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How the Supreme Court’s EPA Authority Ruling Will Impact Commercial Real Estate

The U.S. Supreme Court recently ended one of its most controversial sessions in recent memory, setting off protests nationwide and hours upon hours of heated debate. Overturning Roe v. Wade has been the most talked-about decision, but one of SCOTUS’s decisions this term regarding the EPA’s authority to decarbonize their electricity sectors will have a direct impact on the real estate sector.

The decision in West Virginia v. EPA is nuanced, and the reaction so far has been mixed. It’s not necessarily a nail in the coffin to federal efforts for climate regulations, as some headlines have suggested, but the judicial reasoning behind the decision could rein in the regulatory powers of other federal agencies. The court’s ruling in the case may affect commercial real estate in surprising ways, from watering down a pending Securities and Exchange Commission emissions disclosure rule to creating a reactive uptick in state and local regulations that seek to decarbonize the real estate industry.

Congressional gridlock

The Supreme Court’s ruling in West Virginia v. EPA doesn’t strip the EPA’s authority to regulate greenhouse gases. It’s also unlikely to change how the Biden administration plans to regulate power plant emissions, and it probably won’t do much to save the coal industry. The case centered on EPA’s implementation of the Clean Air Act and, specifically, the Obama-era Clean Power Plan that never actually went into effect. The 6-3 majority said EPA erred when establishing the Clean Power Plan to reduce power plant emissions. EPA effectively tried to shift how utilities generate power by mandating they switch from coal to gas and renewable energy.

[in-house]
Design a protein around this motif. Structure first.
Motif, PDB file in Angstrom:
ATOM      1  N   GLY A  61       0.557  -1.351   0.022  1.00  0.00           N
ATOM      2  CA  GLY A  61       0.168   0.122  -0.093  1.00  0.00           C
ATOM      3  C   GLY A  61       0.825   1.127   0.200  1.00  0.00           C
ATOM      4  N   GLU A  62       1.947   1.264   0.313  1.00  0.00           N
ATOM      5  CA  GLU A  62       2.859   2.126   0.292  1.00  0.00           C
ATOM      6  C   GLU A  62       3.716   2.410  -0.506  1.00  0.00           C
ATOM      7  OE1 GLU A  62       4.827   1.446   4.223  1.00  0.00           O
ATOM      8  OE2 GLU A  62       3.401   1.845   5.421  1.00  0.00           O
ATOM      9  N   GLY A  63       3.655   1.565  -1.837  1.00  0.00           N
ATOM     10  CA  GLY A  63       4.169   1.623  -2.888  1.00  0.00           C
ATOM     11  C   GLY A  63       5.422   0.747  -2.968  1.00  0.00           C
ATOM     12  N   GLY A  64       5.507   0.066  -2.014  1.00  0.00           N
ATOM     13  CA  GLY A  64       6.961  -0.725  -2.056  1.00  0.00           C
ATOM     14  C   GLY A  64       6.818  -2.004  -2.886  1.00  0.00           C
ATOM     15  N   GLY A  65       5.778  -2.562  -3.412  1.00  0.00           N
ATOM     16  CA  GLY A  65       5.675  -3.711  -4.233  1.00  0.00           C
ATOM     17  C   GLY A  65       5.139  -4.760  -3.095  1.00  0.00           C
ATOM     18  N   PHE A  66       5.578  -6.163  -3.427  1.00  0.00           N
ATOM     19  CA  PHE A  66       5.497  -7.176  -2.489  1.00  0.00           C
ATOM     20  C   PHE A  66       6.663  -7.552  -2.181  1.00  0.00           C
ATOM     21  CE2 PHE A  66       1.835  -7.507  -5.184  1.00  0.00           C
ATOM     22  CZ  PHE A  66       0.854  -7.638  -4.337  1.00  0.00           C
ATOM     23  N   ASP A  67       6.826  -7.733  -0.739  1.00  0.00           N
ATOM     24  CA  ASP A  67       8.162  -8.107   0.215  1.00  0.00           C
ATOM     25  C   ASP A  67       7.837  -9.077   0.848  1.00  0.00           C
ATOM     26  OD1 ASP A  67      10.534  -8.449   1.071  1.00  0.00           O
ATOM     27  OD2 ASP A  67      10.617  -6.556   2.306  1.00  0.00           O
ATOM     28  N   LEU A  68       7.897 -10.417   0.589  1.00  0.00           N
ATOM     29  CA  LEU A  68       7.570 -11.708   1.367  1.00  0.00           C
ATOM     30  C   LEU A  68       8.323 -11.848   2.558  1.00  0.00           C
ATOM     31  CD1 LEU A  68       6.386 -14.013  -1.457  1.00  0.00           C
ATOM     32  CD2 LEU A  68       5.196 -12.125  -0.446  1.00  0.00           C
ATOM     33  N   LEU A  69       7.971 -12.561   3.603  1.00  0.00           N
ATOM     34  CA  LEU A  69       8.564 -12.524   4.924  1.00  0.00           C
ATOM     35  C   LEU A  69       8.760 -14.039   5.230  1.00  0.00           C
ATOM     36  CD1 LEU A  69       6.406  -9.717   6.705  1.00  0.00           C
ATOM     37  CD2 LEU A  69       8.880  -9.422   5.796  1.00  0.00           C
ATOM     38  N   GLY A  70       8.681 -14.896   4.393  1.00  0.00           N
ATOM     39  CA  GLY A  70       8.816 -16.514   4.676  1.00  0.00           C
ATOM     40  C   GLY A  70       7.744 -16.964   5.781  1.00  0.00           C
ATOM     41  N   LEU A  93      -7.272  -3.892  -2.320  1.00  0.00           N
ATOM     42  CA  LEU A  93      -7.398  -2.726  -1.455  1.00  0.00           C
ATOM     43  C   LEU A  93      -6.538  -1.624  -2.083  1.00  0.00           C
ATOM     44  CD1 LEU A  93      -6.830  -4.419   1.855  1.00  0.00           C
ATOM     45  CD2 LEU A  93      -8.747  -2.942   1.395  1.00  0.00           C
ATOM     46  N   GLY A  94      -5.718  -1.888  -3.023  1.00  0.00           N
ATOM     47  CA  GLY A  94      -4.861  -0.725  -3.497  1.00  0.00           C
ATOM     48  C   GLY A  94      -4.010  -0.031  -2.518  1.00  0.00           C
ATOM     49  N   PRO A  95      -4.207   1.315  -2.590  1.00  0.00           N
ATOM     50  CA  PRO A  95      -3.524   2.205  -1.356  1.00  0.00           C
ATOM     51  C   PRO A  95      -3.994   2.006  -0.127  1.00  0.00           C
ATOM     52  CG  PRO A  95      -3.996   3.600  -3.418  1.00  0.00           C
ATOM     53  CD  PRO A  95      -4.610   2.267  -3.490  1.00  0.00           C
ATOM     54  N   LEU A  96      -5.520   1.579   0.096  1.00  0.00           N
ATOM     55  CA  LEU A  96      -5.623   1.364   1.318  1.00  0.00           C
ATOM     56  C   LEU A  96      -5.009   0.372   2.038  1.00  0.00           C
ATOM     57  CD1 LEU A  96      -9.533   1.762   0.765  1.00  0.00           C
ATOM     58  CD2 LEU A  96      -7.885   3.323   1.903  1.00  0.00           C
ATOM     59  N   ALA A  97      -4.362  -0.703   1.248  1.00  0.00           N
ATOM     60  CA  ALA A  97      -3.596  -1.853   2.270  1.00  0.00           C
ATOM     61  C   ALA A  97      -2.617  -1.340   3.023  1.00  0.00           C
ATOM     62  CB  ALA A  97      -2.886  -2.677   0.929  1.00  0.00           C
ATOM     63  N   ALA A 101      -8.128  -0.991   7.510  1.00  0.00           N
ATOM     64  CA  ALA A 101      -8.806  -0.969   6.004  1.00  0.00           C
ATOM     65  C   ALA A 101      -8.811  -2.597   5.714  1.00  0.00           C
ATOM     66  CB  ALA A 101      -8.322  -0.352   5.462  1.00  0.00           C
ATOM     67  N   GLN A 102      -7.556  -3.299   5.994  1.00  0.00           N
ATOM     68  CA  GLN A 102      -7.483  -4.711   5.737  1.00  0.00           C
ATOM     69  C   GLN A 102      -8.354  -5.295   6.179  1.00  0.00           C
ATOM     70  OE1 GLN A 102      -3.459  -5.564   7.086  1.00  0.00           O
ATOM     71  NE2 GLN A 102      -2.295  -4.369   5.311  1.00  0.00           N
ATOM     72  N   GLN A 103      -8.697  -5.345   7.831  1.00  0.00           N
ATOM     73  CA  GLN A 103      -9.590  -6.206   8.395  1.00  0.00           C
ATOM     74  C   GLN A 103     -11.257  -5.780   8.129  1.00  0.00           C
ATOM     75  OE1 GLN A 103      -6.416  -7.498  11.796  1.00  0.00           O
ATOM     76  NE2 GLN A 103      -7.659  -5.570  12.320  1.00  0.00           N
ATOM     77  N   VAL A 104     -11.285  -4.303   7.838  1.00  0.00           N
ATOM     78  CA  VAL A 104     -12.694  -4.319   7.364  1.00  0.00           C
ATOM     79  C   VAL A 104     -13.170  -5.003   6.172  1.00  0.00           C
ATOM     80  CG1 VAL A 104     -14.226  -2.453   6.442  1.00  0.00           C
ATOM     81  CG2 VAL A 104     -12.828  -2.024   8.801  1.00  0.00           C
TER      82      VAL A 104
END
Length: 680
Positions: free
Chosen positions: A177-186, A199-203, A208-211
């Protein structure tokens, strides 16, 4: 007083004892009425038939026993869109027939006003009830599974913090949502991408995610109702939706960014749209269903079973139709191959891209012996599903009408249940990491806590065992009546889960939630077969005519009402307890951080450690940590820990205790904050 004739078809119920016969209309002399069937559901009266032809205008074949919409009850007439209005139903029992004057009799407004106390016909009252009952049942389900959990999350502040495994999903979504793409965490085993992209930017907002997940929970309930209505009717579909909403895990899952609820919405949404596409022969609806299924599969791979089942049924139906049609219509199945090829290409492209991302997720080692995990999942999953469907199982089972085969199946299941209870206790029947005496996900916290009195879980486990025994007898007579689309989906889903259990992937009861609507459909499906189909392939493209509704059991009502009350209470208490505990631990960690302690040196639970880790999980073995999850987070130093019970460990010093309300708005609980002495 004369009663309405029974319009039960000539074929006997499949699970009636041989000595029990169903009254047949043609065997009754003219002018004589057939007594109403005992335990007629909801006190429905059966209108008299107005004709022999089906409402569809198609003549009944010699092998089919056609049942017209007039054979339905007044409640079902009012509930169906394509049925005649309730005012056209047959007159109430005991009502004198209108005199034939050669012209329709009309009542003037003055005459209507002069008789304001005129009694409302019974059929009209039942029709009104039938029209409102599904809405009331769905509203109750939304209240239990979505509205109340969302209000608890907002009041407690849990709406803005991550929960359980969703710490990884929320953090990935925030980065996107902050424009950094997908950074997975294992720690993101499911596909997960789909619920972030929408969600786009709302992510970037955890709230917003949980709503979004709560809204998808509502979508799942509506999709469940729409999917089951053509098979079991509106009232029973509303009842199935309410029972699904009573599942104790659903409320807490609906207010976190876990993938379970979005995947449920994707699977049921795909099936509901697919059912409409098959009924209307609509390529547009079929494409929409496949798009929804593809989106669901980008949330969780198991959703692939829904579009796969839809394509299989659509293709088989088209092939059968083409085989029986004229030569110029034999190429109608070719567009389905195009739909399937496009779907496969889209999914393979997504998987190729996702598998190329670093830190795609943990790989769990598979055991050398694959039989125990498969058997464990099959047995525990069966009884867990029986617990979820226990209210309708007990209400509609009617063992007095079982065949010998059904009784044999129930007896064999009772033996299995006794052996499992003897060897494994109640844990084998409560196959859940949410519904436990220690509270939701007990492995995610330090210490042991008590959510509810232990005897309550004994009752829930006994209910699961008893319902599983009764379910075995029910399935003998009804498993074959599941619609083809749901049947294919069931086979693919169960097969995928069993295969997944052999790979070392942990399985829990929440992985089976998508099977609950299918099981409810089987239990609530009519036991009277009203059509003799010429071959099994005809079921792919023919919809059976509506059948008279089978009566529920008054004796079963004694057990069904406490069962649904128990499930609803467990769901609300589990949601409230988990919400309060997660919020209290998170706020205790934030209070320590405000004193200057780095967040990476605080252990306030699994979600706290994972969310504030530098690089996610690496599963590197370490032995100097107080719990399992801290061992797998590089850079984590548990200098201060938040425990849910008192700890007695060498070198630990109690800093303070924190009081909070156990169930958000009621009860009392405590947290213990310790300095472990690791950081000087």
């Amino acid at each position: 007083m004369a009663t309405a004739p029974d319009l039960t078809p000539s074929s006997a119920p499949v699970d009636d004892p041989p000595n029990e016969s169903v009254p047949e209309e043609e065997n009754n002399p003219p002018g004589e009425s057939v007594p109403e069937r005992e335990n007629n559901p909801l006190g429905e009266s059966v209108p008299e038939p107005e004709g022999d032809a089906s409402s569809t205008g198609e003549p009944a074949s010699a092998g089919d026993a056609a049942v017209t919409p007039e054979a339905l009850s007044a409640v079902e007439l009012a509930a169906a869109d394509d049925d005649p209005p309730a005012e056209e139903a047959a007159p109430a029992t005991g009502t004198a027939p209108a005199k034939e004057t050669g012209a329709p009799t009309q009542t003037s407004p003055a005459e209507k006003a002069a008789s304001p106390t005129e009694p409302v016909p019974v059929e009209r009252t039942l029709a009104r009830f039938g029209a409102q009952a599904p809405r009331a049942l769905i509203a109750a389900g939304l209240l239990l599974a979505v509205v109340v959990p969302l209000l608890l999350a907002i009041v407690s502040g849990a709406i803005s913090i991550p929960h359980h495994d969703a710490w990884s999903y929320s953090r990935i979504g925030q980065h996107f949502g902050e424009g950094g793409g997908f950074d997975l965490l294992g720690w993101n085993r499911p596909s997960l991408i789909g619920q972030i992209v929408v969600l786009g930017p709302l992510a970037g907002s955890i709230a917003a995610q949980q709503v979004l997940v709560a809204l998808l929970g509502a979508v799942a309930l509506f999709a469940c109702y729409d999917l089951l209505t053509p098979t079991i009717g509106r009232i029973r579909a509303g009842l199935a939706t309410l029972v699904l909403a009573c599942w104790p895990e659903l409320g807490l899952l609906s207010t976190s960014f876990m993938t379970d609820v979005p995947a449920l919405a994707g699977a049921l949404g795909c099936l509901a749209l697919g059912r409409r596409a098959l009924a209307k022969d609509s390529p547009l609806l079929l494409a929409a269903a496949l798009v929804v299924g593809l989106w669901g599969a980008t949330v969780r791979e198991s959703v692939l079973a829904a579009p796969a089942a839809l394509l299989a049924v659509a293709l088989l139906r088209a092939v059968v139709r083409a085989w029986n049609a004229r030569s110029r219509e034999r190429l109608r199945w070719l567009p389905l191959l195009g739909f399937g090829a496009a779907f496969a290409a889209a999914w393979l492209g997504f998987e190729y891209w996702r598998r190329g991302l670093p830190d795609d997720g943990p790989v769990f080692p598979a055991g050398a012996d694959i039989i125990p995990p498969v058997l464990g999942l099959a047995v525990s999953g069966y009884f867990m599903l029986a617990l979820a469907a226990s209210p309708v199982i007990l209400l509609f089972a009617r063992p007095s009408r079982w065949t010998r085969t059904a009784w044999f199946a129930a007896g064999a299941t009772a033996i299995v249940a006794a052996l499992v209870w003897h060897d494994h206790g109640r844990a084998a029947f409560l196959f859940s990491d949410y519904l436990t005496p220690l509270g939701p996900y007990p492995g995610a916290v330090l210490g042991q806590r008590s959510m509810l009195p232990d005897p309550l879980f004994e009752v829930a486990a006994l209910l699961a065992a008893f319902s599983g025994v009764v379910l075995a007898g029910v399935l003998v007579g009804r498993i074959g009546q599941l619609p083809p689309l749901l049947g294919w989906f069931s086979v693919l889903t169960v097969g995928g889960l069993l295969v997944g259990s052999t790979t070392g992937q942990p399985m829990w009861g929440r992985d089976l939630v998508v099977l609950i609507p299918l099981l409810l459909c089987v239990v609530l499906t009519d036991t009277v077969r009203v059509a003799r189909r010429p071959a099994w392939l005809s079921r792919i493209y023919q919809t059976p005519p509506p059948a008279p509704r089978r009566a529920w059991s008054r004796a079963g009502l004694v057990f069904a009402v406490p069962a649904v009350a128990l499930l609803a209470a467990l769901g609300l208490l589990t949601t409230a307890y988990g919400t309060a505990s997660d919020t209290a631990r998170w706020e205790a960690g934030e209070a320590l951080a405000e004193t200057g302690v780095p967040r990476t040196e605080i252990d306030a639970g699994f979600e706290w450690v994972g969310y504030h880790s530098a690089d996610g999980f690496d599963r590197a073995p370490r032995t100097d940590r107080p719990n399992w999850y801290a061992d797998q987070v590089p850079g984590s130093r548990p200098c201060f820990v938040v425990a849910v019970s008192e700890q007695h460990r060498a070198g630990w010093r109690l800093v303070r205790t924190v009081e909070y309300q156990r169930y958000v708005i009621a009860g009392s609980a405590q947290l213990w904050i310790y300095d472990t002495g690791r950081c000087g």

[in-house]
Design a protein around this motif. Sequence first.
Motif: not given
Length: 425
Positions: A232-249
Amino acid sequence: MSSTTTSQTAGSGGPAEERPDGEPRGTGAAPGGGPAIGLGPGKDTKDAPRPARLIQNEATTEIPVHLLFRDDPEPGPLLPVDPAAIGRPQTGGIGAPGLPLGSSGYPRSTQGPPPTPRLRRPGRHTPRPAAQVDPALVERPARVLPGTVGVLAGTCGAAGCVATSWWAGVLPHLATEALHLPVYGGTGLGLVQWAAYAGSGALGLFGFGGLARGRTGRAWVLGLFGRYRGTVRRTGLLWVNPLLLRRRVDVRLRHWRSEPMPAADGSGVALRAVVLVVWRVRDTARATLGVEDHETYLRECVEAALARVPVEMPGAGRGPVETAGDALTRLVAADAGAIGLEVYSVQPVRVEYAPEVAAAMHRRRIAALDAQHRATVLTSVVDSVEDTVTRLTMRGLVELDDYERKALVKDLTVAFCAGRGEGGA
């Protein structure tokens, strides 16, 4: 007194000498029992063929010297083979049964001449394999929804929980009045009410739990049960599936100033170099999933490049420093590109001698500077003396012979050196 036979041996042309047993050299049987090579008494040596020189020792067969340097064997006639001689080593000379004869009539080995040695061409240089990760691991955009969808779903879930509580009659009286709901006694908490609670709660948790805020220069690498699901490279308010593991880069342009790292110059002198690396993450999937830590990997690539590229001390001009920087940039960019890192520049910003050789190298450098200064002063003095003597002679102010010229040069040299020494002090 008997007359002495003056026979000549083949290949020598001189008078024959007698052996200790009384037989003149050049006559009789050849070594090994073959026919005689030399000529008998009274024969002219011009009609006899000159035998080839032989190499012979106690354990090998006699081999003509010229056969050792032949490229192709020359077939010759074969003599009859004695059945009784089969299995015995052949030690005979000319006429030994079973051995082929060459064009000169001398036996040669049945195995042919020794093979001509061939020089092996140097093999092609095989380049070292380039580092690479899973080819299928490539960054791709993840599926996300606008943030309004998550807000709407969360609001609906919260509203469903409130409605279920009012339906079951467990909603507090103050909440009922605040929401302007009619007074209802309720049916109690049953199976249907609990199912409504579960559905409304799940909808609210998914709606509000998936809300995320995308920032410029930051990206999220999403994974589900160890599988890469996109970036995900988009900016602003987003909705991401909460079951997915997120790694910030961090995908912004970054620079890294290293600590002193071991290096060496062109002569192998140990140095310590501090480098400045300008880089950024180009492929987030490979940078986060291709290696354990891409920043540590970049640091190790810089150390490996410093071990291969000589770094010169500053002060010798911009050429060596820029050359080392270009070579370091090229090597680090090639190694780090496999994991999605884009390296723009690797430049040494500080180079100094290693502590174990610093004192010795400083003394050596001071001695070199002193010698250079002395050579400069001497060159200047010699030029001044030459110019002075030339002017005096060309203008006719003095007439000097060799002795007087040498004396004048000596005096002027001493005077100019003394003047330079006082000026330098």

Siding with the 17 Republican state attorneys general that sued the EPA, Chief Justice John Roberts wrote that there’s little reason to believe Congress gave the agency the authority to regulate “how Americans get their energy.” So, essentially, the court majority ruled EPA’s Clean Power Plan was a regulatory overreach. “What the Supreme Court is saying is we expect anything that has a large impact on the economy and nation to be explicitly authorized by Congress,” said Allison Wood, an attorney at McGuireWoods.